I pray for my family members, and my future family members.  Help me be patient, and pour Your mercy on us all.

"The Reformed Doctrine of Predestination" by Lorraine Boettner

For a beginner to Reformed theology, this book will give the basics of TULIP in an accessible way. If you are firmly already in the "ANTI-" camp, don't bother reading the book, you'll hate it. But if you want to learn about the theology, with an open mind, this is a great place to start.

This book begins at the beginning. Boettner teaches in this book that all of "TULIP" stands or falls together and starts with the "T" - total depravity.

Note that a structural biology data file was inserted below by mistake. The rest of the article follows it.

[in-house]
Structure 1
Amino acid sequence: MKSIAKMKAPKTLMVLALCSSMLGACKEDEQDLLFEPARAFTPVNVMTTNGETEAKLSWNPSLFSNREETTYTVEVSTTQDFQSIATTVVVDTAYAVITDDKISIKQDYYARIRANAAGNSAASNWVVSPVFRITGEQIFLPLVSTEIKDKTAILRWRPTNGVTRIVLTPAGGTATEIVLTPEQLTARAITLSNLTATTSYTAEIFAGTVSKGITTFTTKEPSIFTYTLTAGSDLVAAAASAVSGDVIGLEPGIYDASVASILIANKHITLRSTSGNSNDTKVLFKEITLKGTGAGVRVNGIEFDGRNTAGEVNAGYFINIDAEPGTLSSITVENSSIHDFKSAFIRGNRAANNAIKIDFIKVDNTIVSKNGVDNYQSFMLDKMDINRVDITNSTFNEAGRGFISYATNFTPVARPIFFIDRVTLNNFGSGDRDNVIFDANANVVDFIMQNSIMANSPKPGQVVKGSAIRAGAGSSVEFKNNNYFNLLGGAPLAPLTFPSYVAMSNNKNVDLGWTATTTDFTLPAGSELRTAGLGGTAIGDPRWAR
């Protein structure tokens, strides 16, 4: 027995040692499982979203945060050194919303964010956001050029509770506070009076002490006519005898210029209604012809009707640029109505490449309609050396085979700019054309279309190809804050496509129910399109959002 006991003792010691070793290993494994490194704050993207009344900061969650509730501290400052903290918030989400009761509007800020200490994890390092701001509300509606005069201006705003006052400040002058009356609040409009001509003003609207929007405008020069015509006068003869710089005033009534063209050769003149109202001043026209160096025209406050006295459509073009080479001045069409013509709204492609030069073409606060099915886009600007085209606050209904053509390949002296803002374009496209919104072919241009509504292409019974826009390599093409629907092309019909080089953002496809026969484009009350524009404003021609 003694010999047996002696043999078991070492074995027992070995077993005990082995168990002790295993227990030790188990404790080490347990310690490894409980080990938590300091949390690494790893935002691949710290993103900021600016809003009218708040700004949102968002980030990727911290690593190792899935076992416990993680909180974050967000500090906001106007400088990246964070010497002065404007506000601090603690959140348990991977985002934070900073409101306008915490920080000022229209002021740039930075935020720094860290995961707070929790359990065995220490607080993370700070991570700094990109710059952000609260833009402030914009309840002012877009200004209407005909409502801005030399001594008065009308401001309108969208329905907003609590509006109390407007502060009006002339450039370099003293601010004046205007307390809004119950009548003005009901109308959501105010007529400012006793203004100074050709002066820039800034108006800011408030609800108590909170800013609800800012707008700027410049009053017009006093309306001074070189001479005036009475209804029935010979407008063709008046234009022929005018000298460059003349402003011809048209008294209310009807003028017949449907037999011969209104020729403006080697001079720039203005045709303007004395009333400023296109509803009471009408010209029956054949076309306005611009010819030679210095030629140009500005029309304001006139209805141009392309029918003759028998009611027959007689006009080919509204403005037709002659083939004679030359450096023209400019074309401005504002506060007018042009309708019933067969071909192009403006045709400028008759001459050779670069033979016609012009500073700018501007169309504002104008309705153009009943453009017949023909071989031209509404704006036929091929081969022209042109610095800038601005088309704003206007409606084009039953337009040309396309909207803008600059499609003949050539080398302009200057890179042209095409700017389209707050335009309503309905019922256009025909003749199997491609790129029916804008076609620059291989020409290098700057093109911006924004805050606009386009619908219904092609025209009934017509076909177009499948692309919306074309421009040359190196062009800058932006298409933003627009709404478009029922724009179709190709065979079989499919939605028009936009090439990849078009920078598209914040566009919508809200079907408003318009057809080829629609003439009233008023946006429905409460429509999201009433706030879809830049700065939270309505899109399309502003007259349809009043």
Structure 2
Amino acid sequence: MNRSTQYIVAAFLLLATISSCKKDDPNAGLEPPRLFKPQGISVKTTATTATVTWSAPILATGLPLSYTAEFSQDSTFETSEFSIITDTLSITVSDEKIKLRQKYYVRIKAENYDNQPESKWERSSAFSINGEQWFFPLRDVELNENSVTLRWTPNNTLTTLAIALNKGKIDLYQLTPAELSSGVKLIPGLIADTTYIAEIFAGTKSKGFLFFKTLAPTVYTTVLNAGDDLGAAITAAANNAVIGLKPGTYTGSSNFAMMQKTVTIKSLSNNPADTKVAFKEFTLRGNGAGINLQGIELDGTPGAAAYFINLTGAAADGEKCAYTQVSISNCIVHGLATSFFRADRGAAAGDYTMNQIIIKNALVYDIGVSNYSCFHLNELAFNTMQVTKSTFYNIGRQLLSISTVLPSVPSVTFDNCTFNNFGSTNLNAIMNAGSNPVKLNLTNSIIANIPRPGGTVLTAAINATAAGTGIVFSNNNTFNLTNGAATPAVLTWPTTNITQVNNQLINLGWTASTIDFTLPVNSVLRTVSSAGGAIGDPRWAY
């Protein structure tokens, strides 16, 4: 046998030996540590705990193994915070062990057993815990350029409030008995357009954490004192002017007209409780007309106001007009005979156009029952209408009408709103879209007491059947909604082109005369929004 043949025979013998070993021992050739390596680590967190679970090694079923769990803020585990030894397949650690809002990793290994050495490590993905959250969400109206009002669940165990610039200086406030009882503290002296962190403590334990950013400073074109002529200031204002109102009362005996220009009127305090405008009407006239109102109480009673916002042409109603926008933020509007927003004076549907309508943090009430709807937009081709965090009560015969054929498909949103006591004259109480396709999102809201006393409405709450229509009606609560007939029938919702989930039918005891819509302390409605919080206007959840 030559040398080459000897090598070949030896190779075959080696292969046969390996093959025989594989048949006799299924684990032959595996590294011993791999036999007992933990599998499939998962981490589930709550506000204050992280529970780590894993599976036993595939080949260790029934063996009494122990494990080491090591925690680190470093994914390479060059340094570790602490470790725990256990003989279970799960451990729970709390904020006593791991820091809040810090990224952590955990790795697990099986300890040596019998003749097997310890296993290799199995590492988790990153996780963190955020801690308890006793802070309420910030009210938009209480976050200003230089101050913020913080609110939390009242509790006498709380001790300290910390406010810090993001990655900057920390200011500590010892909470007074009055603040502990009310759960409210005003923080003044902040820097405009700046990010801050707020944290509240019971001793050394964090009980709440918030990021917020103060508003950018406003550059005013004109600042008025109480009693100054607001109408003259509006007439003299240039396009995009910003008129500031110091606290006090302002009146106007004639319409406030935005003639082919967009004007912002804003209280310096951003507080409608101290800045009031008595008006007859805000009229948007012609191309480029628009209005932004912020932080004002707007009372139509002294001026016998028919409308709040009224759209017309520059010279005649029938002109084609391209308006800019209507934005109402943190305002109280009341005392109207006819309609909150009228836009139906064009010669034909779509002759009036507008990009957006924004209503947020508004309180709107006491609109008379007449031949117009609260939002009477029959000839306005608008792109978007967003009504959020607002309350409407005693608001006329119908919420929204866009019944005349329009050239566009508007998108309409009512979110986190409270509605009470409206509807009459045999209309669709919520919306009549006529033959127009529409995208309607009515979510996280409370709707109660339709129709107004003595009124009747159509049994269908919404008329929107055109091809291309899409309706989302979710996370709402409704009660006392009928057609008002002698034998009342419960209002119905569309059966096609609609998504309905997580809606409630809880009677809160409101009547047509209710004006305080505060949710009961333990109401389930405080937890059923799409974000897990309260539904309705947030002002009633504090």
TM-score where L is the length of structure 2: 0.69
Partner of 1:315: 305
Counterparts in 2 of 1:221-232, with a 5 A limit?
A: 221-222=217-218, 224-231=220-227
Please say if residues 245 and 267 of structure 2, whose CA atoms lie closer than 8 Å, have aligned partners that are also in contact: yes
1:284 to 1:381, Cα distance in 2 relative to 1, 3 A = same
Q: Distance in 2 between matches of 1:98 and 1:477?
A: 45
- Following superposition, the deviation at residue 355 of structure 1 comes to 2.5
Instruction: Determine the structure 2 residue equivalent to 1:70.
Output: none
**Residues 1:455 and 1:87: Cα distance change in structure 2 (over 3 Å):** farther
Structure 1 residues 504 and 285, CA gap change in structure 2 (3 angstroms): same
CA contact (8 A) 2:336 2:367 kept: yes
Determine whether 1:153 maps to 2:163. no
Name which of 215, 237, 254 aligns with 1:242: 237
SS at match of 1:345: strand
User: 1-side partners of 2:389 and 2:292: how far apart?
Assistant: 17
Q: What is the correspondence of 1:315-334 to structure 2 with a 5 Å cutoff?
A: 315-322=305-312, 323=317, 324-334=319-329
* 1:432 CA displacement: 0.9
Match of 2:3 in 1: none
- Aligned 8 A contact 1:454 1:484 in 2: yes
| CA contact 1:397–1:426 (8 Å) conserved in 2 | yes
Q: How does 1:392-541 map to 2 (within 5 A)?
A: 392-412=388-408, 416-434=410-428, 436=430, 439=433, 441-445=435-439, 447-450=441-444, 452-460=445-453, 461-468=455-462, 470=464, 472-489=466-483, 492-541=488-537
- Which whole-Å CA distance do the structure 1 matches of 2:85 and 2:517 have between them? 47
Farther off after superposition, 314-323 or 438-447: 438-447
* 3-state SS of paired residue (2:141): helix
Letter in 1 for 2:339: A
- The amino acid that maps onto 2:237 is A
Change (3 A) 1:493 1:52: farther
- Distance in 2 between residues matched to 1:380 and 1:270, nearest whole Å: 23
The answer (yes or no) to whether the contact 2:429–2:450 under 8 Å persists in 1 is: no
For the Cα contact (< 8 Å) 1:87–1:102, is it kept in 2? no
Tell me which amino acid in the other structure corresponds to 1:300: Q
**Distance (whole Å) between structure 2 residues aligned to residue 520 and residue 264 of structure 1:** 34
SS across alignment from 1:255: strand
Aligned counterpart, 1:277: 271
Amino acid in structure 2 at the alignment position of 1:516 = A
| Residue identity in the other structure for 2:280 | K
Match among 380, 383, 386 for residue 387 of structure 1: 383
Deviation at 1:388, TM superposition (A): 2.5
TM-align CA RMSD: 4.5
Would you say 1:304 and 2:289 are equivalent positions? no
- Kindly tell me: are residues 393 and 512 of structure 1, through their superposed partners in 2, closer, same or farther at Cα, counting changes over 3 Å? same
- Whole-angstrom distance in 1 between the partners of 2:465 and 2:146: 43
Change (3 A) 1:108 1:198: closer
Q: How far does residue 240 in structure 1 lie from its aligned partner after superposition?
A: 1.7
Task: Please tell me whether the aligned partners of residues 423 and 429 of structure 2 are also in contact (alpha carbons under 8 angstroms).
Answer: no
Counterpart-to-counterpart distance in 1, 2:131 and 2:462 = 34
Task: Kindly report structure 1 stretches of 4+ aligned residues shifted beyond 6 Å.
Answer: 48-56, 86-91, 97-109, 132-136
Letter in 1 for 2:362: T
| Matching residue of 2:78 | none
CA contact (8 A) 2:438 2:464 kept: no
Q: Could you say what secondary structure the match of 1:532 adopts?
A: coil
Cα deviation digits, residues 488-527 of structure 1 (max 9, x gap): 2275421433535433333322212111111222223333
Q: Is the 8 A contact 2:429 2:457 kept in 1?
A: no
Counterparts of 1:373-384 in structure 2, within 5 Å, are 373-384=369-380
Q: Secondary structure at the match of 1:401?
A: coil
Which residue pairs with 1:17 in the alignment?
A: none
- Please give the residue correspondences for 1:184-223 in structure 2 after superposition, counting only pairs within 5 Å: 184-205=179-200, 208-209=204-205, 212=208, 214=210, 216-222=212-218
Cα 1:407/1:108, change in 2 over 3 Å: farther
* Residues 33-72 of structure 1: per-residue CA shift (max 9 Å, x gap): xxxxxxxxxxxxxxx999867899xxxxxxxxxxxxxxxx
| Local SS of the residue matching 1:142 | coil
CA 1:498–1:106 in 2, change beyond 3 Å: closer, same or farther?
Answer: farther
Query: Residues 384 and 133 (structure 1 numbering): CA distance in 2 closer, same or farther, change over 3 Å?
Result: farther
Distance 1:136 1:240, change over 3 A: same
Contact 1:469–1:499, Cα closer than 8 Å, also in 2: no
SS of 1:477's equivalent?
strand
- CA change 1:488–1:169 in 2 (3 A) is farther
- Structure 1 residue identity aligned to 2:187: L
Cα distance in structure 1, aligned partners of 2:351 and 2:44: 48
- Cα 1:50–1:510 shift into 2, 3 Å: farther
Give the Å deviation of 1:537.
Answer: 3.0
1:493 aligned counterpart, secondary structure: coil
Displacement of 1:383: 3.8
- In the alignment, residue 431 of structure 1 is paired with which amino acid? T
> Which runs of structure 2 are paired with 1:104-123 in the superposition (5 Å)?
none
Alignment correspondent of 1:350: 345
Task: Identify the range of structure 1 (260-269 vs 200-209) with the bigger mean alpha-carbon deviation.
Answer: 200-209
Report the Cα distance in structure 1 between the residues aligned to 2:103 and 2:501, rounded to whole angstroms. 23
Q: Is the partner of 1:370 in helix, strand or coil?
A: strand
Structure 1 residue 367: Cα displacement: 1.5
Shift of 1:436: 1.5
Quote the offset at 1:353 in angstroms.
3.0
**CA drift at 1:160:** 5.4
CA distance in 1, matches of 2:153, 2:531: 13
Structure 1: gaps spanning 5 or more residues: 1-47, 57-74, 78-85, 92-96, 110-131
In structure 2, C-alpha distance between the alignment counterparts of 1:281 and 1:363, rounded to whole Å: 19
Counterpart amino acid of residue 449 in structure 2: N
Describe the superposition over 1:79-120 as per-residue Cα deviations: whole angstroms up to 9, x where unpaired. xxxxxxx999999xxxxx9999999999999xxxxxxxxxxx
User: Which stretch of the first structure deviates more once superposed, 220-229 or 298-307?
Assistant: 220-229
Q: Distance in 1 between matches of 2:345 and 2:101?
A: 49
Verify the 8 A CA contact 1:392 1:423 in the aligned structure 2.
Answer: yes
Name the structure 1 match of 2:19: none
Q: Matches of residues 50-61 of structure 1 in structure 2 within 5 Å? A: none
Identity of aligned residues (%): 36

For Boettner, the sovereignty of God is something to be glorified, not hated. We deserve nothing from God, and the idea that He saves some at all is a testament to goodness.

Each segment is supported with Scripture, and explained thoroughly.

There is a little bit of "here's where the other side is wrong" - and sometimes in not very graceful language - but even those are framed in "here's why from Scripture"

I read the Amazon reviews and there were a few of "one-star" reviews. ALL of these were not based on the writing of the book, but on their disagreement with Calvinism.

Every so often I start a book that just doesn't seem like it's worth finishing...So once a month I'm planning on posting a "not a review" for those "zero star" books...

First up...

JFK: The CIA, Vietnam, and the Plot to Assassinate John F. Kennedy